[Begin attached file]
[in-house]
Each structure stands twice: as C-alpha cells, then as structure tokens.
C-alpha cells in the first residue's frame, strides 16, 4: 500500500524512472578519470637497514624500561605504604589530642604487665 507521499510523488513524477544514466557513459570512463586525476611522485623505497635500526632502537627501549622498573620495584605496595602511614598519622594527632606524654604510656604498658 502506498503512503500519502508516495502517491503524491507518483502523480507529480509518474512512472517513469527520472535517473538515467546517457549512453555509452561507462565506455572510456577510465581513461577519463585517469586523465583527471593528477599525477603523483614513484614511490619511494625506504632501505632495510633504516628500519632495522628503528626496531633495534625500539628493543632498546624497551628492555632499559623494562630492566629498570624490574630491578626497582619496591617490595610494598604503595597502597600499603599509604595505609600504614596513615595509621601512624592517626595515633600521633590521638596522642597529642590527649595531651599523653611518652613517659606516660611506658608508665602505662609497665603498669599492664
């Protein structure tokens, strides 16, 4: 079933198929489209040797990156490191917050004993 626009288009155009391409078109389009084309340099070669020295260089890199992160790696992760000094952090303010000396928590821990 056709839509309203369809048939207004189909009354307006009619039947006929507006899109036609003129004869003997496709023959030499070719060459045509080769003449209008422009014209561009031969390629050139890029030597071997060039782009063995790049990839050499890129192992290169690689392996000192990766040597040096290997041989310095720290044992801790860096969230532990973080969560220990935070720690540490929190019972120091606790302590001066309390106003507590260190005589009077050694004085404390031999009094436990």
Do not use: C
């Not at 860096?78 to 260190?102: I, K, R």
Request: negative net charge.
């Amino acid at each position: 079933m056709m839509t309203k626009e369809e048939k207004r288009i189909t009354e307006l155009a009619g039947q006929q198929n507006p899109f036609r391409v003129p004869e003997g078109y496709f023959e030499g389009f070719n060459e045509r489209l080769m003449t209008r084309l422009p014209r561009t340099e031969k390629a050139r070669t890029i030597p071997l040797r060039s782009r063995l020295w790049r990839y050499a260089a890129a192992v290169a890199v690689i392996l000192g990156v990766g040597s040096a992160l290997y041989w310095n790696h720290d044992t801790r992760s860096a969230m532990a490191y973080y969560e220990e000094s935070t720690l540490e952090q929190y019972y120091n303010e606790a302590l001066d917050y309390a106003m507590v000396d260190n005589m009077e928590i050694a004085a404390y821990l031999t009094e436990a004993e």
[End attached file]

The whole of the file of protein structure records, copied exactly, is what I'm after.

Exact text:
[in-house]
Each structure stands twice: as C-alpha cells, then as structure tokens.
C-alpha cells in the first residue's frame, strides 16, 4: 500500500524512472578519470637497514624500561605504604589530642604487665 507521499510523488513524477544514466557513459570512463586525476611522485623505497635500526632502537627501549622498573620495584605496595602511614598519622594527632606524654604510656604498658 502506498503512503500519502508516495502517491503524491507518483502523480507529480509518474512512472517513469527520472535517473538515467546517457549512453555509452561507462565506455572510456577510465581513461577519463585517469586523465583527471593528477599525477603523483614513484614511490619511494625506504632501505632495510633504516628500519632495522628503528626496531633495534625500539628493543632498546624497551628492555632499559623494562630492566629498570624490574630491578626497582619496591617490595610494598604503595597502597600499603599509604595505609600504614596513615595509621601512624592517626595515633600521633590521638596522642597529642590527649595531651599523653611518652613517659606516660611506658608508665602505662609497665603498669599492664
């Protein structure tokens, strides 16, 4: 079933198929489209040797990156490191917050004993 626009288009155009391409078109389009084309340099070669020295260089890199992160790696992760000094952090303010000396928590821990 056709839509309203369809048939207004189909009354307006009619039947006929507006899109036609003129004869003997496709023959030499070719060459045509080769003449209008422009014209561009031969390629050139890029030597071997060039782009063995790049990839050499890129192992290169690689392996000192990766040597040096290997041989310095720290044992801790860096969230532990973080969560220990935070720690540490929190019972120091606790302590001066309390106003507590260190005589009077050694004085404390031999009094436990």
Do not use: C
């Not at 860096?78 to 260190?102: I, K, R």
Request: negative net charge.
């Amino acid at each position: 079933m056709m839509t309203k626009e369809e048939k207004r288009i189909t009354e307006l155009a009619g039947q006929q198929n507006p899109f036609r391409v003129p004869e003997g078109y496709f023959e030499g389009f070719n060459e045509r489209l080769m003449t209008r084309l422009p014209r561009t340099e031969k390629a050139r070669t890029i030597p071997l040797r060039s782009r063995l020295w790049r990839y050499a260089a890129a192992v290169a890199v690689i392996l000192g990156v990766g040597s040096a992160l290997y041989w310095n790696h720290d044992t801790r992760s860096a969230m532990a490191y973080y969560e220990e000094s935070t720690l540490e952090q929190y019972y120091n303010e606790a302590l001066d917050y309390a106003m507590v000396d260190n005589m009077e928590i050694a004085a404390y821990l031999t009094e436990a004993e």